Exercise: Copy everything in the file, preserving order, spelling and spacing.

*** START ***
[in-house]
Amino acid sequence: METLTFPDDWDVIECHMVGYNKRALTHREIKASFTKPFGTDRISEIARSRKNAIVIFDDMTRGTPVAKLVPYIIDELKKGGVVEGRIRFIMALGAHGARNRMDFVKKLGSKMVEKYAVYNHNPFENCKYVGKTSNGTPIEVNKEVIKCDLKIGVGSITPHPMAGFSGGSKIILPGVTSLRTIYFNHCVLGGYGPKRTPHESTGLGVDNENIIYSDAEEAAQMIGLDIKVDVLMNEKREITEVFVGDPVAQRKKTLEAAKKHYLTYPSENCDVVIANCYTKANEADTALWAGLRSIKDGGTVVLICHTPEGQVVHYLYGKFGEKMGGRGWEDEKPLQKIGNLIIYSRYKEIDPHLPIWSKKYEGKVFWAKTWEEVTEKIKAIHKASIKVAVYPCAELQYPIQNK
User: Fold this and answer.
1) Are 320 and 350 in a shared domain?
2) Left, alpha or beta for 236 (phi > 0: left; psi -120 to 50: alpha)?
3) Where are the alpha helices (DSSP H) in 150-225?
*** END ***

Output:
[in-house]
Amino acid sequence: METLTFPDDWDVIECHMVGYNKRALTHREIKASFTKPFGTDRISEIARSRKNAIVIFDDMTRGTPVAKLVPYIIDELKKGGVVEGRIRFIMALGAHGARNRMDFVKKLGSKMVEKYAVYNHNPFENCKYVGKTSNGTPIEVNKEVIKCDLKIGVGSITPHPMAGFSGGSKIILPGVTSLRTIYFNHCVLGGYGPKRTPHESTGLGVDNENIIYSDAEEAAQMIGLDIKVDVLMNEKREITEVFVGDPVAQRKKTLEAAKKHYLTYPSENCDVVIANCYTKANEADTALWAGLRSIKDGGTVVLICHTPEGQVVHYLYGKFGEKMGGRGWEDEKPLQKIGNLIIYSRYKEIDPHLPIWSKKYEGKVFWAKTWEEVTEKIKAIHKASIKVAVYPCAELQYPIQNK
User: Fold this and answer.
1) Are 320 and 350 in a shared domain?
2) Left, alpha or beta for 236 (phi > 0: left; psi -120 to 50: alpha)?
3) Where are the alpha helices (DSSP H) in 150-225?